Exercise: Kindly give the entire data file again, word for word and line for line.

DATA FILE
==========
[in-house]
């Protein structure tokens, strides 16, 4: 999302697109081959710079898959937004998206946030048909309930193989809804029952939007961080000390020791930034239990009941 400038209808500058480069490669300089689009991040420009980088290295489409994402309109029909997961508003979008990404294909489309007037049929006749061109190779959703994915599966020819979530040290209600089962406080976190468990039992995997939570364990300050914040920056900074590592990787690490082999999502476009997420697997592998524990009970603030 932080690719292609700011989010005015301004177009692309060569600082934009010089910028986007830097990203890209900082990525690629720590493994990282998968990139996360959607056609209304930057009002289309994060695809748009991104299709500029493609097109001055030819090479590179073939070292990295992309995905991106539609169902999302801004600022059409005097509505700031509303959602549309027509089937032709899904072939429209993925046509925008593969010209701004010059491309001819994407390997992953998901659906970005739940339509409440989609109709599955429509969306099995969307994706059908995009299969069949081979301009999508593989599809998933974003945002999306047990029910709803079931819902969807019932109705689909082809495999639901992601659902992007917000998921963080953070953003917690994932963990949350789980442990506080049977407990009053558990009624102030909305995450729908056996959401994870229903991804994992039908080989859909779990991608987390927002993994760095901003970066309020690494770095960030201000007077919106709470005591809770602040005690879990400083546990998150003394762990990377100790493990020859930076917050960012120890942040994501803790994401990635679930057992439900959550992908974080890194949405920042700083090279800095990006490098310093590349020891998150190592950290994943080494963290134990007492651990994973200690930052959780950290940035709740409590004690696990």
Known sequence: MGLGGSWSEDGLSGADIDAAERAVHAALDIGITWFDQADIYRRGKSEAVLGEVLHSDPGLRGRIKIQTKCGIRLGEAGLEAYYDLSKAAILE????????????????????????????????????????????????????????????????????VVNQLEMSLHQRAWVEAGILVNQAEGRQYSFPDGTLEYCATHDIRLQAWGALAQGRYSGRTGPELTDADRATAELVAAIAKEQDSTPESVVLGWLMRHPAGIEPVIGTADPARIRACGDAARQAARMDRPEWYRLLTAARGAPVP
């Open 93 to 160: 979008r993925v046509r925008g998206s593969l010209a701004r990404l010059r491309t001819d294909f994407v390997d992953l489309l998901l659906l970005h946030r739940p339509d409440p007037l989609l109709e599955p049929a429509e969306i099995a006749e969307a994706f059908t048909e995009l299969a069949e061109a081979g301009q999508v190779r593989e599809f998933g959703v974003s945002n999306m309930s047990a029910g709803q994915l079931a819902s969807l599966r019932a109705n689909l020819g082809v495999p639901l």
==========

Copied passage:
[in-house]
């Protein structure tokens, strides 16, 4: 999302697109081959710079898959937004998206946030048909309930193989809804029952939007961080000390020791930034239990009941 400038209808500058480069490669300089689009991040420009980088290295489409994402309109029909997961508003979008990404294909489309007037049929006749061109190779959703994915599966020819979530040290209600089962406080976190468990039992995997939570364990300050914040920056900074590592990787690490082999999502476009997420697997592998524990009970603030 932080690719292609700011989010005015301004177009692309060569600082934009010089910028986007830097990203890209900082990525690629720590493994990282998968990139996360959607056609209304930057009002289309994060695809748009991104299709500029493609097109001055030819090479590179073939070292990295992309995905991106539609169902999302801004600022059409005097509505700031509303959602549309027509089937032709899904072939429209993925046509925008593969010209701004010059491309001819994407390997992953998901659906970005739940339509409440989609109709599955429509969306099995969307994706059908995009299969069949081979301009999508593989599809998933974003945002999306047990029910709803079931819902969807019932109705689909082809495999639901992601659902992007917000998921963080953070953003917690994932963990949350789980442990506080049977407990009053558990009624102030909305995450729908056996959401994870229903991804994992039908080989859909779990991608987390927002993994760095901003970066309020690494770095960030201000007077919106709470005591809770602040005690879990400083546990998150003394762990990377100790493990020859930076917050960012120890942040994501803790994401990635679930057992439900959550992908974080890194949405920042700083090279800095990006490098310093590349020891998150190592950290994943080494963290134990007492651990994973200690930052959780950290940035709740409590004690696990």
Known sequence: MGLGGSWSEDGLSGADIDAAERAVHAALDIGITWFDQADIYRRGKSEAVLGEVLHSDPGLRGRIKIQTKCGIRLGEAGLEAYYDLSKAAILE????????????????????????????????????????????????????????????????????VVNQLEMSLHQRAWVEAGILVNQAEGRQYSFPDGTLEYCATHDIRLQAWGALAQGRYSGRTGPELTDADRATAELVAAIAKEQDSTPESVVLGWLMRHPAGIEPVIGTADPARIRACGDAARQAARMDRPEWYRLLTAARGAPVP
């Open 93 to 160: 979008r993925v046509r925008g998206s593969l010209a701004r990404l010059r491309t001819d294909f994407v390997d992953l489309l998901l659906l970005h946030r739940p339509d409440p007037l989609l109709e599955p049929a429509e969306i099995a006749e969307a994706f059908t048909e995009l299969a069949e061109a081979g301009q999508v190779r593989e599809f998933g959703v974003s945002n999306m309930s047990a029910g709803q994915l079931a819902s969807l599966r019932a109705n689909l020819g082809v495999p639901l």